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CCG topping up practices’ QOF payments to reduce avoidable hospitalisation

Exclusive GP practice members of one CCG are having their QOF payments topped up as part of the CCG’s plans to co-commission primary care, Pulse can reveal.

NHS Stockport CCG leaders said they want to continue with QOF, despite being given the green light to replace it by NHS England, but they said they would provide additional funding to improve preventative care.

This is the latest CCG to announce extra funding for general practice as part of co-commissioning, although most have said they will do this through reducing QOF work.

The CCG, which took on joint commissioning duties from April, said its GP development scheme was launched in November allowing each practice to come up with their own ‘individualised’ plans for improvement focused on preventative and extended hours care.

The improvement plans had been worked out together with patient participation groups, the CCG said.

A spokesperson said: ‘Instead of an alternative to QOF, we have supported our practices with funding additional to QOF, through a GP development scheme launched in November 2014, which involves each practice developing an individualised improvement plan together with their patient participation group, to improve preventative, proactive, urgent and extended hours care.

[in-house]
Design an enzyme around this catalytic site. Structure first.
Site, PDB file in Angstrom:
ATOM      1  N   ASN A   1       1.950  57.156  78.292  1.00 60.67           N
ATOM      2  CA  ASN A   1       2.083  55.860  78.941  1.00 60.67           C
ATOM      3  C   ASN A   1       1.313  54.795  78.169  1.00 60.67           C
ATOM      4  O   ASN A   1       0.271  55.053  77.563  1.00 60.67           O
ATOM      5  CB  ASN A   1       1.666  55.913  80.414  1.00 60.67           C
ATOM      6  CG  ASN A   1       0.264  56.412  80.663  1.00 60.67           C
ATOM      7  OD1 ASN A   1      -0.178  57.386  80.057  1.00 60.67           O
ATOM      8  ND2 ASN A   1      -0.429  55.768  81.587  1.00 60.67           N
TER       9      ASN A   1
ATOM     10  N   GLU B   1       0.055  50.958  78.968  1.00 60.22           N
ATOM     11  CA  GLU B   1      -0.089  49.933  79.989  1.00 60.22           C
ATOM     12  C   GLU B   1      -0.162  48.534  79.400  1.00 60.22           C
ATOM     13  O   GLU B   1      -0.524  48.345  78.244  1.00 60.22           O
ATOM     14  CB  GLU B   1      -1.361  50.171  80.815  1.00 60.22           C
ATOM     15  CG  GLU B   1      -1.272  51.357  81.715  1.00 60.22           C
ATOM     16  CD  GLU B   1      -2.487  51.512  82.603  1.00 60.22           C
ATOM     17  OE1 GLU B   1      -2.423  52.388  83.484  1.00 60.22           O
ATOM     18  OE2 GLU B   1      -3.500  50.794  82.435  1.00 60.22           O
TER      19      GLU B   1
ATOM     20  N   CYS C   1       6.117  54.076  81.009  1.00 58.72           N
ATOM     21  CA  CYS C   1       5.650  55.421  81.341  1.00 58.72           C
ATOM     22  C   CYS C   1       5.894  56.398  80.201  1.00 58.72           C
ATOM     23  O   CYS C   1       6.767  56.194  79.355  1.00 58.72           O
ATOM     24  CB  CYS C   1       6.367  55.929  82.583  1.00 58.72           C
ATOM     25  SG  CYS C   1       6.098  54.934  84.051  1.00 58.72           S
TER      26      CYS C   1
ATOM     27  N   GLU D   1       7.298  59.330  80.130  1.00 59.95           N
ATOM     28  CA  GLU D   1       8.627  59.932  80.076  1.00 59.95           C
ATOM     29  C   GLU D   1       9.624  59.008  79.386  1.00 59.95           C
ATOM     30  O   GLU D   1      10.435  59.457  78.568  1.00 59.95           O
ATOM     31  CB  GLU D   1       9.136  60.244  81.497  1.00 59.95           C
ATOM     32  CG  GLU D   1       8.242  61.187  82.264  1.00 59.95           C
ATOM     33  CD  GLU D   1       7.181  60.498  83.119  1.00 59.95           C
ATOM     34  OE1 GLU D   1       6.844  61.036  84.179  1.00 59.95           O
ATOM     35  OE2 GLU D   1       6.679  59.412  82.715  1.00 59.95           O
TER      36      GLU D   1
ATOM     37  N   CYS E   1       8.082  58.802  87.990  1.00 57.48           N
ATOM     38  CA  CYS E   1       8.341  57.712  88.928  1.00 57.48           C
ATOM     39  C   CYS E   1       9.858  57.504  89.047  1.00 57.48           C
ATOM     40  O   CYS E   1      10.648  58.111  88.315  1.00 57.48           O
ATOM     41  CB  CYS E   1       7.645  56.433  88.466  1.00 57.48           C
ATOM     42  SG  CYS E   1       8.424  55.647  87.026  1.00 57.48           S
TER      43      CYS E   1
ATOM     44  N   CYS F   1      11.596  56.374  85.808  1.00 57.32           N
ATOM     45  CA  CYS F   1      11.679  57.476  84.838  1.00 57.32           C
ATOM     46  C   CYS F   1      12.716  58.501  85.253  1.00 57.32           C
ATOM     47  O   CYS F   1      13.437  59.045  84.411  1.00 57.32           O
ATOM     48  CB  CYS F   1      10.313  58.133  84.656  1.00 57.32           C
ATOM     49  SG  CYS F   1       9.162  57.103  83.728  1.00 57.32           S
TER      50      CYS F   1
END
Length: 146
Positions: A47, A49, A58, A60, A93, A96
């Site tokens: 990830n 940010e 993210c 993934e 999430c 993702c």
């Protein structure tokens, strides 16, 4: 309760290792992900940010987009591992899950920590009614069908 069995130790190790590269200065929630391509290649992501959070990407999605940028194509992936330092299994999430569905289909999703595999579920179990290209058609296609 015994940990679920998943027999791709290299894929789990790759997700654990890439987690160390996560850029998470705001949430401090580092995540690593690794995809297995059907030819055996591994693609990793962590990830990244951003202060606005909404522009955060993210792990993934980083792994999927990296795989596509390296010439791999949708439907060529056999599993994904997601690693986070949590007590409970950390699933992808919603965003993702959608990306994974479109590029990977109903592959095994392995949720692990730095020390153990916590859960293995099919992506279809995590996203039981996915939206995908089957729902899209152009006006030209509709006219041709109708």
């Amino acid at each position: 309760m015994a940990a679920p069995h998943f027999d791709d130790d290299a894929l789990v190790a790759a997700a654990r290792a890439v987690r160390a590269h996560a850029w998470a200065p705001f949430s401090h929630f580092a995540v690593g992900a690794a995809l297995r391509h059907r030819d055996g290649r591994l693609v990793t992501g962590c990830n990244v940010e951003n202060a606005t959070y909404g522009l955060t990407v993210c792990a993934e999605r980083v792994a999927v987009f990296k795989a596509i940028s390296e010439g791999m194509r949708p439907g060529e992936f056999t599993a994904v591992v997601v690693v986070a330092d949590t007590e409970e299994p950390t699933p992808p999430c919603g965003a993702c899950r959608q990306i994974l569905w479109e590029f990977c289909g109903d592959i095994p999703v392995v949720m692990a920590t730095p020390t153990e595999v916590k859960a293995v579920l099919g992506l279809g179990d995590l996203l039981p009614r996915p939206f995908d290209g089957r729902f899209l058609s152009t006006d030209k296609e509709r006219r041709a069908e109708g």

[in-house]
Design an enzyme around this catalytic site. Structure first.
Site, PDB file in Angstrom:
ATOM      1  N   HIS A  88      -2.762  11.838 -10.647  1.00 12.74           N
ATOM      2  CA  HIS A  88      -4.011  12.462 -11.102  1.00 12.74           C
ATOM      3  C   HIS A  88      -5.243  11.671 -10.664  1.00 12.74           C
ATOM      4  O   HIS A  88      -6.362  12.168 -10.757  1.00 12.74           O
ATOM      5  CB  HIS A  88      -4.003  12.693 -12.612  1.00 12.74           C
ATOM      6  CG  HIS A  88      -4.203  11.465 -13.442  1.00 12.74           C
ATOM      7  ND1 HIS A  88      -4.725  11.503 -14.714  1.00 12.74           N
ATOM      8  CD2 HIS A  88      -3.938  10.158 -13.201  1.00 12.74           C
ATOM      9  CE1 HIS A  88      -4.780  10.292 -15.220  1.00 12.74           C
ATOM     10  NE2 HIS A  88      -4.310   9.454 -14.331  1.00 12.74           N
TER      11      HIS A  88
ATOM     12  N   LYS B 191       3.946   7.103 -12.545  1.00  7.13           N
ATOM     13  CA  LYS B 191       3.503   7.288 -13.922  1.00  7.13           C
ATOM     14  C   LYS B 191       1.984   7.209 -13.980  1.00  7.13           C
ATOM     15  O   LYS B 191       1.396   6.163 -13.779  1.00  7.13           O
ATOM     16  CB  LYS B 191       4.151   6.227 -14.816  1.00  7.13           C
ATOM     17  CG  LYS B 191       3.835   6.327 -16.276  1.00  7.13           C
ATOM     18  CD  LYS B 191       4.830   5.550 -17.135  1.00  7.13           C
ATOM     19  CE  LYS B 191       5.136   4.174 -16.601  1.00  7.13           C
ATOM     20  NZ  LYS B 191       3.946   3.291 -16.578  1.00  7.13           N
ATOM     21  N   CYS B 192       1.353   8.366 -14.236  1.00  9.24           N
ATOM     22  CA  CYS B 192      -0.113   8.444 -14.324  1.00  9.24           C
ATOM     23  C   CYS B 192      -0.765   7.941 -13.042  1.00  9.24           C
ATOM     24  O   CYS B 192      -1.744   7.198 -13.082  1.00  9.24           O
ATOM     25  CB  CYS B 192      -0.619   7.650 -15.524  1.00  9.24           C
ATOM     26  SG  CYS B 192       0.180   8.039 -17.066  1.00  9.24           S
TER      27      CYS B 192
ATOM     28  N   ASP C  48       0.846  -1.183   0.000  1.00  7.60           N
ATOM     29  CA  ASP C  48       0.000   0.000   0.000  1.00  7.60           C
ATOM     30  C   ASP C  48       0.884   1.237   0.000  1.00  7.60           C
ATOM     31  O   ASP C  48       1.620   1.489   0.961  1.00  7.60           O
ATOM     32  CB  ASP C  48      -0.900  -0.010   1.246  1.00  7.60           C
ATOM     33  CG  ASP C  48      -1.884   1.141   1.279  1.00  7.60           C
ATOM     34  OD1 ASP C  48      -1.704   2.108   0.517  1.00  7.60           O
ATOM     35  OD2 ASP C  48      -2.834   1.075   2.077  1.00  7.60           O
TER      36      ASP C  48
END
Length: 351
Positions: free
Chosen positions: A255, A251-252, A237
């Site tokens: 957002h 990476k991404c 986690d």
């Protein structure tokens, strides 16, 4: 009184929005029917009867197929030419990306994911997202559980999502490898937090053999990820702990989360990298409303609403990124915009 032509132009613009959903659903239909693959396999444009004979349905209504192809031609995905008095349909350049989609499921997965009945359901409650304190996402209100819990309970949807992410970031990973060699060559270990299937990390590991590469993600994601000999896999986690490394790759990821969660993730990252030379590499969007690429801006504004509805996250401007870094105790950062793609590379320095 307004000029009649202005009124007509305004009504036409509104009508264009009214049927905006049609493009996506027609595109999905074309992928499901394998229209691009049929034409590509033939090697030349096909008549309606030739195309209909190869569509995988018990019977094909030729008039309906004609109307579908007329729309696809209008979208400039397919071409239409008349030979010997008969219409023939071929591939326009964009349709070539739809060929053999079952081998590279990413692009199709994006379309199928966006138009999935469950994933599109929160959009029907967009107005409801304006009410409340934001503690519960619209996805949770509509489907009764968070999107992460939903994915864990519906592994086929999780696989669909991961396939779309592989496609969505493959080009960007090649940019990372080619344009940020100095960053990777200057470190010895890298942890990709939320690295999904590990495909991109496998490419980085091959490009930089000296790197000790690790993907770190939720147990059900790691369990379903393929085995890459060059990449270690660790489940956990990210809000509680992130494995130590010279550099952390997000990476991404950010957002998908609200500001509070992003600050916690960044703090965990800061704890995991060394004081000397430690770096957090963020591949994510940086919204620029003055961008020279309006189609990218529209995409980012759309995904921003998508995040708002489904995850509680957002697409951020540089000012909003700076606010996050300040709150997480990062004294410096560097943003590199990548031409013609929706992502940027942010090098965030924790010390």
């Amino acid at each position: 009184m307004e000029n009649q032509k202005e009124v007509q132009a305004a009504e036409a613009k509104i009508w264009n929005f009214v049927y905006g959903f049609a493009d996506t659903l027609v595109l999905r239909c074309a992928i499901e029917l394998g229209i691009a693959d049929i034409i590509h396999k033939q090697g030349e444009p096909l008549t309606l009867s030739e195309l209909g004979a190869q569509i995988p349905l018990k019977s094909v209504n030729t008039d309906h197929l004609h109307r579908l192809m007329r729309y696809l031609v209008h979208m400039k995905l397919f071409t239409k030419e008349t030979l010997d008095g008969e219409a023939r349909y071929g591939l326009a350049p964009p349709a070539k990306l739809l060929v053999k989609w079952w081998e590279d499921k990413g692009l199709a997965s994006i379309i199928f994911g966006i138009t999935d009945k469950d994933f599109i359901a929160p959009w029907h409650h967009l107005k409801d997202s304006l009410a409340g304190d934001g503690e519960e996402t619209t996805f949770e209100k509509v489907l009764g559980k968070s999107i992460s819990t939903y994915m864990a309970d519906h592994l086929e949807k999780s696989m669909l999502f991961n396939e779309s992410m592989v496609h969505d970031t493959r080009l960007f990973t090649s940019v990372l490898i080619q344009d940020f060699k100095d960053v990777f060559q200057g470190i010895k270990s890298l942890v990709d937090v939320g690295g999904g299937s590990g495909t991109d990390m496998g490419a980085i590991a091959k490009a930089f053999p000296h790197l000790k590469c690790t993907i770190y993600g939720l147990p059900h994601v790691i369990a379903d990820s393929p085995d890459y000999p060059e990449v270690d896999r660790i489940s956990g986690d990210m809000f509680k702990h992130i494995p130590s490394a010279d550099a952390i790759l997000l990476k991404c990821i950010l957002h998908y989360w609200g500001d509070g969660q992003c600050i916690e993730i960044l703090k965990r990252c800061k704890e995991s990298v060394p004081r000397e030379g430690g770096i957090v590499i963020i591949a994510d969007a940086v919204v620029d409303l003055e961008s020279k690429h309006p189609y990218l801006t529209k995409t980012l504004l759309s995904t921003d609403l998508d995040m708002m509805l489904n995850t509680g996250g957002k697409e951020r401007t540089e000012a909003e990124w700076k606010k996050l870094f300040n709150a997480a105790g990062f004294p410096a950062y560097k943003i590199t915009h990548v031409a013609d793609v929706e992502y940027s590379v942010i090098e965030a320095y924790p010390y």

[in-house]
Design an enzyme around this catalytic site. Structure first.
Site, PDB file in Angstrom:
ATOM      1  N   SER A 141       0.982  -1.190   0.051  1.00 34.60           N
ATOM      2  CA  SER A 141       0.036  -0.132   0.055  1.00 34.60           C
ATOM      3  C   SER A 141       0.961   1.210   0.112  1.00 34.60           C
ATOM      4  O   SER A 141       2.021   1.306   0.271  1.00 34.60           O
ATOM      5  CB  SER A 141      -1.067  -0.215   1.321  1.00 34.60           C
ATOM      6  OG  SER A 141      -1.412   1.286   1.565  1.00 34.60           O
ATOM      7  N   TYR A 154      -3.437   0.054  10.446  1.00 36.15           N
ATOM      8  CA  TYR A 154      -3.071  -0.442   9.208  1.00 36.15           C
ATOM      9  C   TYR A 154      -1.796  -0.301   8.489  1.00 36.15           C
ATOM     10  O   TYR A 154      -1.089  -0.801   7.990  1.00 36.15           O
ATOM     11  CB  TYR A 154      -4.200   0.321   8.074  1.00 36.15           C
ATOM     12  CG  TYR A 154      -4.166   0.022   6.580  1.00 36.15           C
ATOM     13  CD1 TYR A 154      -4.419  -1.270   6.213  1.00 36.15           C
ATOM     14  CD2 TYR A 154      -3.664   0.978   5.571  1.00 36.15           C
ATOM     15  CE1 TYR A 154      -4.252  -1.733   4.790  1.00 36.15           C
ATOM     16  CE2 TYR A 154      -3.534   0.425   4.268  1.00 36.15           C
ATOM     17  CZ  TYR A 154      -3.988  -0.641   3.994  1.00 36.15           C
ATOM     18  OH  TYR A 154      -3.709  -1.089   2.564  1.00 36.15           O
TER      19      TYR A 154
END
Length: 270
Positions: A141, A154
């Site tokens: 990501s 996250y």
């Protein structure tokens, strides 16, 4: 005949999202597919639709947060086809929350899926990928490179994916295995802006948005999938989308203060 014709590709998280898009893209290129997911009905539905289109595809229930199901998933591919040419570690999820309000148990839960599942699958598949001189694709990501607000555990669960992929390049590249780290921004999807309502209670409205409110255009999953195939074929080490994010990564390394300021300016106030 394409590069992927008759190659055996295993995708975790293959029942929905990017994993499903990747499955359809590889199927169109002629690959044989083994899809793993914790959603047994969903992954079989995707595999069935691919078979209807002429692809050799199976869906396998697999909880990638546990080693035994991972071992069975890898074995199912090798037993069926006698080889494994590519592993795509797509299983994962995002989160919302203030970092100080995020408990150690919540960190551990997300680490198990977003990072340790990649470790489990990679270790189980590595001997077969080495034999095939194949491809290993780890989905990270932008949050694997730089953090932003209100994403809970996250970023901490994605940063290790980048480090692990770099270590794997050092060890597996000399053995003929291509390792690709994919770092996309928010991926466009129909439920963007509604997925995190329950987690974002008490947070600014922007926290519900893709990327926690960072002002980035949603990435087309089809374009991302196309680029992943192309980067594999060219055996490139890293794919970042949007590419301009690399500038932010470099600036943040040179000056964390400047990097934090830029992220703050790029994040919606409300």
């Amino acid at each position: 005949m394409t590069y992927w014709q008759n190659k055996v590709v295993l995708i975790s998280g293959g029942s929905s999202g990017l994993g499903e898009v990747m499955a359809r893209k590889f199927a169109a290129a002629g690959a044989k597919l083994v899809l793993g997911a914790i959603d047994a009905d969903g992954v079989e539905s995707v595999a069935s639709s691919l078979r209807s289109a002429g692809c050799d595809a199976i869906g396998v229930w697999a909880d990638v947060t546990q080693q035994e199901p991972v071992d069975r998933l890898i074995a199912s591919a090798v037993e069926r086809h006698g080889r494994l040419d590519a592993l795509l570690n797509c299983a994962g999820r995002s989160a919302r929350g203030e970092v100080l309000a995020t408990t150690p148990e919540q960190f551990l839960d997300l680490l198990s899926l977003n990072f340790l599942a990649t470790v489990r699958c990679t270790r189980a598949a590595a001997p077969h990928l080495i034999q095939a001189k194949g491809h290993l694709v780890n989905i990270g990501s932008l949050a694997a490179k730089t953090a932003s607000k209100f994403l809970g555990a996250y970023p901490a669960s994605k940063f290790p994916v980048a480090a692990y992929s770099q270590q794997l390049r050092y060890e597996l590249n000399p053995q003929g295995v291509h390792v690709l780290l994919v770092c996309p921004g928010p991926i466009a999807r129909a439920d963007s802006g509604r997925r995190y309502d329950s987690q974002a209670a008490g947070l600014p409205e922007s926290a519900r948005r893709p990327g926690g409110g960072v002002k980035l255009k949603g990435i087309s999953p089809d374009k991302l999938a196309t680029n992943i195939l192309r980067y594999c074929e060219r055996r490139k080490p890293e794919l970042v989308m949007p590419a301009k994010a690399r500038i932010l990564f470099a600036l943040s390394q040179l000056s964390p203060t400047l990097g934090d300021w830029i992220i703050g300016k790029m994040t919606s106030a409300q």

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‘We hope this funding will also allow practices to focus on initiatives to reduce avoidable hospitalisation and improve prescribing efficiency.’

The news comes after GPs in Somerset started working to alternative QOF schemes already last year, and as NHS Aylesbury Vale CCG has said it will begin doing so during 2015/16.

GP leaders taking part in the Somerset pilot reported last month that it had been ‘a success’ and more CCGs are plotting similar plans.

Elsewhere, NHS Greater Preston CCG and NHS Chorley and South Ribble CCG are working on a replacement for the QOF which will see it being localised to a greater extent than ever, with separate indicators based on practices’ locations.